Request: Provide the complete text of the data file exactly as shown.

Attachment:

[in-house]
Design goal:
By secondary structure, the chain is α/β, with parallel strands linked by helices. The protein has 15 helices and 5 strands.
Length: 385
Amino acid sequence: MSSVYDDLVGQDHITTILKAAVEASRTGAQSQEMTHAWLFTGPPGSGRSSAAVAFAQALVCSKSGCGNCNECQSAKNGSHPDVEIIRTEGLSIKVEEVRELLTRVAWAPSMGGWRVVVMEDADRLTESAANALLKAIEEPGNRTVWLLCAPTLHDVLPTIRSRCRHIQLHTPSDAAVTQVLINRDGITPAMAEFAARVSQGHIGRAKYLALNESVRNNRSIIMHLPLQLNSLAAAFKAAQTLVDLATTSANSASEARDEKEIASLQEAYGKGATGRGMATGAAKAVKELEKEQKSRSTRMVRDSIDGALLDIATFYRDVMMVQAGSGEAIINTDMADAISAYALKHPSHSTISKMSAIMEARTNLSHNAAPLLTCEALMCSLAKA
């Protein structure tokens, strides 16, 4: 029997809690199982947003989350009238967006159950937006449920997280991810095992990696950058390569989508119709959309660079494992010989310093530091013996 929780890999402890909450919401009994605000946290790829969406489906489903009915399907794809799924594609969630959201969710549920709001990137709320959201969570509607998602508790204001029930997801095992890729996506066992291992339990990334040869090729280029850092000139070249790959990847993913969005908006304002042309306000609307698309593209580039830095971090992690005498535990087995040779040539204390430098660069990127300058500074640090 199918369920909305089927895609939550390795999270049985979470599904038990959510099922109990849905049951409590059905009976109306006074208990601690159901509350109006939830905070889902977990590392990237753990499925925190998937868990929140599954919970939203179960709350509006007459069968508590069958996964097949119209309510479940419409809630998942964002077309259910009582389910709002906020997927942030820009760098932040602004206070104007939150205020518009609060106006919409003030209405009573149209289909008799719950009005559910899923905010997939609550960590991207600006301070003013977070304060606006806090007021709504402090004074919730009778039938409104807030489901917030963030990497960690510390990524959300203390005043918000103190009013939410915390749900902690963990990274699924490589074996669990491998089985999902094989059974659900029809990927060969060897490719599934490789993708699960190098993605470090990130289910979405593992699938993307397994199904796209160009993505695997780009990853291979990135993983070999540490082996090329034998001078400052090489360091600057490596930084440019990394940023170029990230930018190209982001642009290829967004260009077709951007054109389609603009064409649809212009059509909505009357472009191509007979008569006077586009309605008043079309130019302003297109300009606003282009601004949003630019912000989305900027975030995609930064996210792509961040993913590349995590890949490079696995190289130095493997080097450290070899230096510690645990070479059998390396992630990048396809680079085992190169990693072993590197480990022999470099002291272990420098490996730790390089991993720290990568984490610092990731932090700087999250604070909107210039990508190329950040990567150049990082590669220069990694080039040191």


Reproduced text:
[in-house]
Design goal:
By secondary structure, the chain is α/β, with parallel strands linked by helices. The protein has 15 helices and 5 strands.
Length: 385
Amino acid sequence: MSSVYDDLVGQDHITTILKAAVEASRTGAQSQEMTHAWLFTGPPGSGRSSAAVAFAQALVCSKSGCGNCNECQSAKNGSHPDVEIIRTEGLSIKVEEVRELLTRVAWAPSMGGWRVVVMEDADRLTESAANALLKAIEEPGNRTVWLLCAPTLHDVLPTIRSRCRHIQLHTPSDAAVTQVLINRDGITPAMAEFAARVSQGHIGRAKYLALNESVRNNRSIIMHLPLQLNSLAAAFKAAQTLVDLATTSANSASEARDEKEIASLQEAYGKGATGRGMATGAAKAVKELEKEQKSRSTRMVRDSIDGALLDIATFYRDVMMVQAGSGEAIINTDMADAISAYALKHPSHSTISKMSAIMEARTNLSHNAAPLLTCEALMCSLAKA
């Protein structure tokens, strides 16, 4: 029997809690199982947003989350009238967006159950937006449920997280991810095992990696950058390569989508119709959309660079494992010989310093530091013996 929780890999402890909450919401009994605000946290790829969406489906489903009915399907794809799924594609969630959201969710549920709001990137709320959201969570509607998602508790204001029930997801095992890729996506066992291992339990990334040869090729280029850092000139070249790959990847993913969005908006304002042309306000609307698309593209580039830095971090992690005498535990087995040779040539204390430098660069990127300058500074640090 199918369920909305089927895609939550390795999270049985979470599904038990959510099922109990849905049951409590059905009976109306006074208990601690159901509350109006939830905070889902977990590392990237753990499925925190998937868990929140599954919970939203179960709350509006007459069968508590069958996964097949119209309510479940419409809630998942964002077309259910009582389910709002906020997927942030820009760098932040602004206070104007939150205020518009609060106006919409003030209405009573149209289909008799719950009005559910899923905010997939609550960590991207600006301070003013977070304060606006806090007021709504402090004074919730009778039938409104807030489901917030963030990497960690510390990524959300203390005043918000103190009013939410915390749900902690963990990274699924490589074996669990491998089985999902094989059974659900029809990927060969060897490719599934490789993708699960190098993605470090990130289910979405593992699938993307397994199904796209160009993505695997780009990853291979990135993983070999540490082996090329034998001078400052090489360091600057490596930084440019990394940023170029990230930018190209982001642009290829967004260009077709951007054109389609603009064409649809212009059509909505009357472009191509007979008569006077586009309605008043079309130019302003297109300009606003282009601004949003630019912000989305900027975030995609930064996210792509961040993913590349995590890949490079696995190289130095493997080097450290070899230096510690645990070479059998390396992630990048396809680079085992190169990693072993590197480990022999470099002291272990420098490996730790390089991993720290990568984490610092990731932090700087999250604070909107210039990508190329950040990567150049990082590669220069990694080039040191």